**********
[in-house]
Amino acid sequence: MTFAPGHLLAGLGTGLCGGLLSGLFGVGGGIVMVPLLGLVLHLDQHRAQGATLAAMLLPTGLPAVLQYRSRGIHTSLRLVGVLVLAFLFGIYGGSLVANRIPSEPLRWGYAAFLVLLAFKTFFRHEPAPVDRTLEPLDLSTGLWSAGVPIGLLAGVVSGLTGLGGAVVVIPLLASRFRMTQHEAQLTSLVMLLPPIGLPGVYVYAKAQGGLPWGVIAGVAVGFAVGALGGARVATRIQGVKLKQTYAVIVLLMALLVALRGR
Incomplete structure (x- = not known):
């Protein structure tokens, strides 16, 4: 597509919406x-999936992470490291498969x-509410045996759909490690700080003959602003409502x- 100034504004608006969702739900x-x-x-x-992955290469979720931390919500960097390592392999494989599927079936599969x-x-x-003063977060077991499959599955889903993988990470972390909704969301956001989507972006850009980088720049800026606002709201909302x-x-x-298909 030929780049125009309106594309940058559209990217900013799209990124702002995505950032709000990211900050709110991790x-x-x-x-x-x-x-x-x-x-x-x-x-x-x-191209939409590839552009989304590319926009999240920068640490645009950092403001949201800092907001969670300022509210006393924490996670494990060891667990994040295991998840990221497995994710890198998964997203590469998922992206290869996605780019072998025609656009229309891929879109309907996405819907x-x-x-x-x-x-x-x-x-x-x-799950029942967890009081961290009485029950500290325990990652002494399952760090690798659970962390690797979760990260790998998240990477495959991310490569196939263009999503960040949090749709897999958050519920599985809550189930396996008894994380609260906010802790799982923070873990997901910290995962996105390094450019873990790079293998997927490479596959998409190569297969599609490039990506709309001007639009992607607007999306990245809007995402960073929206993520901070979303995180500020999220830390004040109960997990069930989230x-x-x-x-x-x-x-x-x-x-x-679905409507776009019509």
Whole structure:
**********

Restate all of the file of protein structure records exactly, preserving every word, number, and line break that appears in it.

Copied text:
[in-house]
Amino acid sequence: MTFAPGHLLAGLGTGLCGGLLSGLFGVGGGIVMVPLLGLVLHLDQHRAQGATLAAMLLPTGLPAVLQYRSRGIHTSLRLVGVLVLAFLFGIYGGSLVANRIPSEPLRWGYAAFLVLLAFKTFFRHEPAPVDRTLEPLDLSTGLWSAGVPIGLLAGVVSGLTGLGGAVVVIPLLASRFRMTQHEAQLTSLVMLLPPIGLPGVYVYAKAQGGLPWGVIAGVAVGFAVGALGGARVATRIQGVKLKQTYAVIVLLMALLVALRGR
Incomplete structure (x- = not known):
């Protein structure tokens, strides 16, 4: 597509919406x-999936992470490291498969x-509410045996759909490690700080003959602003409502x- 100034504004608006969702739900x-x-x-x-992955290469979720931390919500960097390592392999494989599927079936599969x-x-x-003063977060077991499959599955889903993988990470972390909704969301956001989507972006850009980088720049800026606002709201909302x-x-x-298909 030929780049125009309106594309940058559209990217900013799209990124702002995505950032709000990211900050709110991790x-x-x-x-x-x-x-x-x-x-x-x-x-x-x-191209939409590839552009989304590319926009999240920068640490645009950092403001949201800092907001969670300022509210006393924490996670494990060891667990994040295991998840990221497995994710890198998964997203590469998922992206290869996605780019072998025609656009229309891929879109309907996405819907x-x-x-x-x-x-x-x-x-x-x-799950029942967890009081961290009485029950500290325990990652002494399952760090690798659970962390690797979760990260790998998240990477495959991310490569196939263009999503960040949090749709897999958050519920599985809550189930396996008894994380609260906010802790799982923070873990997901910290995962996105390094450019873990790079293998997927490479596959998409190569297969599609490039990506709309001007639009992607607007999306990245809007995402960073929206993520901070979303995180500020999220830390004040109960997990069930989230x-x-x-x-x-x-x-x-x-x-x-679905409507776009019509």
Whole structure: